COLUMBIA, S.C. — On Wednesday, members of the state's testing and tracing subcommittee met with state health officials to discuss challenges they may be facing in testing for the coronavirus.
Senator Tom Davis, a republican representing Beaufort, chairs the committee which is tasked with presenting the findings to the state legislature when they return in September.
"We're going to be asked, and rightly so, what can we do in South Carolina to increase our testing, to accelerate the turn-around times, to improve our contact tracing to where we have achieved mitigation and suppression levels, and we're not there yet quite frankly," Davis said.
Leaders with the State Department of Health and Environmental Control (DHEC), the Medical University of South Carolina (MUSC) and the State Hospital Association painted a clearer picture of the challenges South Carolina medical staff are facing in conducting the tests, including a strain on staffing, protective gear and medical supplies.
"Medical technicians were in short supply prior to COVID-19 and the need for them has only grown since COVID-19," Dr. Patrick Cawley, CEO of MUSC Health, said. "So, that's an issue."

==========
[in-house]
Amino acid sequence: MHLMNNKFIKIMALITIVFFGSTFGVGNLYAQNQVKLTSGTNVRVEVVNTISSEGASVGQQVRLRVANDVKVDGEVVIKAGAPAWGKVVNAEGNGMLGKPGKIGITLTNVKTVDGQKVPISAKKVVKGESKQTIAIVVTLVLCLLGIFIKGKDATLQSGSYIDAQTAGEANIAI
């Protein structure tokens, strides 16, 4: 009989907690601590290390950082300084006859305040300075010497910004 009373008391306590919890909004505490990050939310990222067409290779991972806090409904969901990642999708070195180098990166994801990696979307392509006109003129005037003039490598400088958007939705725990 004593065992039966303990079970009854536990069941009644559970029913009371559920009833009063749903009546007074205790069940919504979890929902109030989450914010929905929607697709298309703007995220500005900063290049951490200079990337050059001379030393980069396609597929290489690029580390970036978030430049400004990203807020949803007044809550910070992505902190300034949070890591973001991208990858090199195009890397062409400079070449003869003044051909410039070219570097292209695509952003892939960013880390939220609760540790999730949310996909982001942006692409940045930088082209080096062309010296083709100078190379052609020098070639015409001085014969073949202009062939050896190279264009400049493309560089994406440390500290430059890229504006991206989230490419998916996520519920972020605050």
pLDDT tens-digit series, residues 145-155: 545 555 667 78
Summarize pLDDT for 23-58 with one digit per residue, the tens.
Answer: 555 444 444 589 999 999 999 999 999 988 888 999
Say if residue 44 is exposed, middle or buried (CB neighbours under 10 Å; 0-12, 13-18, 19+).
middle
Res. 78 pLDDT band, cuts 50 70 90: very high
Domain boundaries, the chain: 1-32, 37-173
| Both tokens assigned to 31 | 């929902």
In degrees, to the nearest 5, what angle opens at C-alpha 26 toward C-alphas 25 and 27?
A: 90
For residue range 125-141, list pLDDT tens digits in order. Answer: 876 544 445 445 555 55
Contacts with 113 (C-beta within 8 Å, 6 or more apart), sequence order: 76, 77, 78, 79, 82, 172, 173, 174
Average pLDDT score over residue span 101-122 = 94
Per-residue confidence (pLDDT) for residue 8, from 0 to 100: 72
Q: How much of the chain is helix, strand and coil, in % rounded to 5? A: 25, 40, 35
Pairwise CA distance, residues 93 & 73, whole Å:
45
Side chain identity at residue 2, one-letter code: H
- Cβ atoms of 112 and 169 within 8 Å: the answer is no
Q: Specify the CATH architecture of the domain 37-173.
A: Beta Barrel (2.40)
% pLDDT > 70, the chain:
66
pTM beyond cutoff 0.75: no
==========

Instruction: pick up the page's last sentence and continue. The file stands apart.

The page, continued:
While many of the major systems have been able to meet the demand, a strain on resources presents a concern for the fall when cases could spike.
"You're hearing it's taking seven to 10 days to get a result back," Cawley said. "We'll get over this... but the issue is going to come back at us probably in the fall."
According to DHEC, the state is testing about five percent of the population currently. Sen. Davis said he'd like to see that number increase to 10 percent or more to get better control of the spread.
Leaders with the state's National Guard and Emergency Management Division also shared how they're working to coordinate resources to assist with the response effort.
The group plans to meet again Aug. 4 to discuss in more detail how to improve the test result return times and any issues concerning state labs.